This weekend my wife completed the Half Ironman in Madison, Wisconsin. That’s no mean feat given a course that is hilly beyond belief. At several points the grade reaches 10% and a long steep stretch up a country road called Observatory Hill makes you want to stop and look at what you’re doing.
I know this because we rode the course together a few weeks back in anticipation of the race, When it comes to her training for the longer races, I’m her Right Hand Man. I may not do every mile with her but we cover large chunks of training together.
We’re fairly equal as athletes so it works pretty well. She’s the faster swimmer. I’m the faster runner. We’re about the same on the bike depending on the day and terrain.
Right Hand Oops
As she was racing yesterday in Wisconsin, I got out for a 10K run along the Lake Loop that skirts downtown Madison. My running has been picking up in terms of pace and volume, so I was feeling peppy after a warmup and turned around ready to bring the last three miles home at 8:00 pace.
The asphalt trail is heavily traveled by cyclists and runners. One has to remain alert for other foot and bike traffic. But I like to run on the thin dirt path next to the actual trail. It is the product of the footprints of thousands of other runners.
As I rounded a slight left turn on the path that skirts a tree, my toe caught a root that sticks up out of the dirt. The thump of shoe rubber was followed closely by the awkward thud of my face literally hitting the ground. My right side also took a beating, especially my right hand. It was dirty and bloody and sweaty all at once.
Back at it
After lying there cursing for a couple seconds, then looking around to see who’d witnessed my incredible fall from grace, I gathered myself into a vertical posture and brushed off the worst of the brown dirt covering me from knee to shoulder.
It’s been a long time since I hit my head on the actual ground. Growing up as a competitive kid, that happened quite a bit. But as an adult one tries to avoid that kind of casual trauma at pretty much any cost.
So I shook my head a little to gain my wits as I started back running. There was grit from the ground stuck in my eye and my vision initially seemed a little off. Within ten strides however, I was back on pace, a little shaken and worse for wear, but running at the original rate.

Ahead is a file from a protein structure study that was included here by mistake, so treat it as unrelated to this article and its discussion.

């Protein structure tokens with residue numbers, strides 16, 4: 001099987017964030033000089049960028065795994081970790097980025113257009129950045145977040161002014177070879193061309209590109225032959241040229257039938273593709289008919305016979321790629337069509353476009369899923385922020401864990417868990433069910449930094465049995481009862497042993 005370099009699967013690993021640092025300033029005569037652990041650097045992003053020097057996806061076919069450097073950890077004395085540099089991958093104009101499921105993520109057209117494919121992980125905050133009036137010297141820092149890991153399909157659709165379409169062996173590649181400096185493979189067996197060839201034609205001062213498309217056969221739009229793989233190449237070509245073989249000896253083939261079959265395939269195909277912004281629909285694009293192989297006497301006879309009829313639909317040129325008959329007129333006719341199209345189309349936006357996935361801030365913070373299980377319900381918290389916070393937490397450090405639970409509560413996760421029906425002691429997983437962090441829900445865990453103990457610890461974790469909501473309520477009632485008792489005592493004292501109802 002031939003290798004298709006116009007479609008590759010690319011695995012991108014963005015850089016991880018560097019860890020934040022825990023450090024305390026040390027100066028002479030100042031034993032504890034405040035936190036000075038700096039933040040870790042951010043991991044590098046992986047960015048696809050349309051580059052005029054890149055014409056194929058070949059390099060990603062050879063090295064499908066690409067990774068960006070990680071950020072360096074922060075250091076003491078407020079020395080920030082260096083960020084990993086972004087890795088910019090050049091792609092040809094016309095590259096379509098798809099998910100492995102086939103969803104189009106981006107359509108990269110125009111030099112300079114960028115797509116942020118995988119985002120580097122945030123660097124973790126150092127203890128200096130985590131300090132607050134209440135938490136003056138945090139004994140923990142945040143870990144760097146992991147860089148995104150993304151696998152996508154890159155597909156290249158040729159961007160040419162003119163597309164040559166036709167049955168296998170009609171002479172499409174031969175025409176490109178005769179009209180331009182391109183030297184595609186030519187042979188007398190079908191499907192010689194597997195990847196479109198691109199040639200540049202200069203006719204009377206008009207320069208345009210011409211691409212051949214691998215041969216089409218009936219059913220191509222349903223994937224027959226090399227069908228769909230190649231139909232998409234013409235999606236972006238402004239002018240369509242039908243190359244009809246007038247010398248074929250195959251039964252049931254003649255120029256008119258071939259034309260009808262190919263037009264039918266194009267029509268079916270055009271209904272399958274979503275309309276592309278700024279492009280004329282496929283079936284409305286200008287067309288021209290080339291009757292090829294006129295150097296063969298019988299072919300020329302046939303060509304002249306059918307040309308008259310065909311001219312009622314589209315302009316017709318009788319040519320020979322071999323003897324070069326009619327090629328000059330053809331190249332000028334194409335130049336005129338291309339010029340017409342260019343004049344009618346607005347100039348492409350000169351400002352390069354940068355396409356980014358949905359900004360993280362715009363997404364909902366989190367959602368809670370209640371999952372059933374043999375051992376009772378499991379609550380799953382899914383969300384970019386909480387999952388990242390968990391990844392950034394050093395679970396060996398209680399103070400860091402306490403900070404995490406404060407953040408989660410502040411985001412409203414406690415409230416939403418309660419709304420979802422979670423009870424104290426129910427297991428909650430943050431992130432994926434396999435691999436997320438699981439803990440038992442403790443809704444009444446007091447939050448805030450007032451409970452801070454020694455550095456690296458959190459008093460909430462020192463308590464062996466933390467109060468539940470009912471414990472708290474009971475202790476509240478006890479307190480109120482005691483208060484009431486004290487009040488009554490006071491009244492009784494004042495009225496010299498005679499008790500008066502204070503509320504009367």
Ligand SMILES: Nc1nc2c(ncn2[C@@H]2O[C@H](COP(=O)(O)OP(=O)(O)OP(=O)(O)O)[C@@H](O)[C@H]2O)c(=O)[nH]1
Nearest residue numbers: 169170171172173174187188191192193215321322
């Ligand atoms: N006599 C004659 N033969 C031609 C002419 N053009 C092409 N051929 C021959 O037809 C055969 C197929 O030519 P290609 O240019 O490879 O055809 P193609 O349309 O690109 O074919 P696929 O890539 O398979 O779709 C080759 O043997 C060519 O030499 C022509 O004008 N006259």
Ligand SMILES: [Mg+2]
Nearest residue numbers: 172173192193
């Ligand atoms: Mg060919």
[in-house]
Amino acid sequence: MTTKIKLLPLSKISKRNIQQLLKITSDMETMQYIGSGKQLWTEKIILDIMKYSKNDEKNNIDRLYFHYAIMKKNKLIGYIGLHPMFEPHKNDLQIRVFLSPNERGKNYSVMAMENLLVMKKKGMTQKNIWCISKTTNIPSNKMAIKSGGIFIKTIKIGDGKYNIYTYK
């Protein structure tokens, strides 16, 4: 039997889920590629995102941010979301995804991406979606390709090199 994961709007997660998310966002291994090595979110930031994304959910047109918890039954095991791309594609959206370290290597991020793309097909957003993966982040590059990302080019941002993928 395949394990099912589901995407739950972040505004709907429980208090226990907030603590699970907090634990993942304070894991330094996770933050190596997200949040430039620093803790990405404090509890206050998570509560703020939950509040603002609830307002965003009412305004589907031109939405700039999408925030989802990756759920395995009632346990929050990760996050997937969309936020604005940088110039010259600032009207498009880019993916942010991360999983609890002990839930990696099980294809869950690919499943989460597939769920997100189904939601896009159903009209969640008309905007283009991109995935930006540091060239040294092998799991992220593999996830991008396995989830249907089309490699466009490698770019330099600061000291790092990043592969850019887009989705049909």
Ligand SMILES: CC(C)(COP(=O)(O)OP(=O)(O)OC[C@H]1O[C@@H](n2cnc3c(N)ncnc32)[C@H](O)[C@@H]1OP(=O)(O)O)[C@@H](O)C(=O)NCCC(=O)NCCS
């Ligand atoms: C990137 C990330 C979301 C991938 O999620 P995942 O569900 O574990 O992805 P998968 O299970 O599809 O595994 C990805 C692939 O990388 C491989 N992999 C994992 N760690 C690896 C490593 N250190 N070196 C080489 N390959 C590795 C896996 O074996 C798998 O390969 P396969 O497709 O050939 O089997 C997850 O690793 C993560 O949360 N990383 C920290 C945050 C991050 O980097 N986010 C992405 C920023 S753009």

I looked down at my hand and lamented, “That’s gonna sting in the shower.” The whole hand ached.
Right hand redux
That worried me because my right hand is already messed up from another incident a couple weeks ago. I was cycling up a busy country road and approaching a vehicle parked by the side of the road. It was a tall white SUV and I was hustling along on the bike at about 20 mph while checking for traffic behind me when a man stepped out from behind the SUV and I had no time to stop. My front wheel nailed him in the left buttock and I flew off the bike in a heap on the road.
I was glad there was no traffic coming from close behind or I might have been run over. The guy that got struck with the wheel was cursing me right and left. It turned out his classic GTO was parked right in front of his SUV and he’d been looking under the chassis before stepping out into the road. He’d probably looked for traffic and seeing none, thought it safe to poke his butt out into the traffic lane.
Later the local police called me to follow up on the report. ‘Why was he standing in the traffic lane?” the officer asked. I gave my observations but honestly, it happened so fast that nobody had a chance to react.
I’d taken photos after the incident. There was no room for error and lots of potential for happenstance collision. My right hand took a beating when my bike struck the fellow. At this moment I’m not sure there is not a broken bone in that spot before my index finger there. I’ll find out Wednesday at a doctor’s appointment. It is still sore.
The right perspective
Some of this calamity stuff is the inevitable product of trying to go fast under all sorts of circumstances. That’s one of the tarsnakes of triathlon training and racing. It does come with some degree of risk. I’ve had enough incidents on the bike in particular to realize that short of riding like a tortoise, things are going to happen now and then.
Yet falling down while running was surely a surprise. But when I returned to the race tents at the Ironman after a shower and getting cleaned up, I learned that two people had succumbed during the swim portion of the event that morning. The cause was unknown, but one person unresponsive when the volunteer kayakers reached him and the other was taken to the hospital in critical condition. And as we later learned, another athlete had also died.
Several weeks ago following my collision with the guy tending to his car, one of my cycling buddies told me, “You should be glad. Things like that can go sideways in a hurry.”
It all makes me genuinely glad that things turned out alright, even if the right side of my body is a little sore.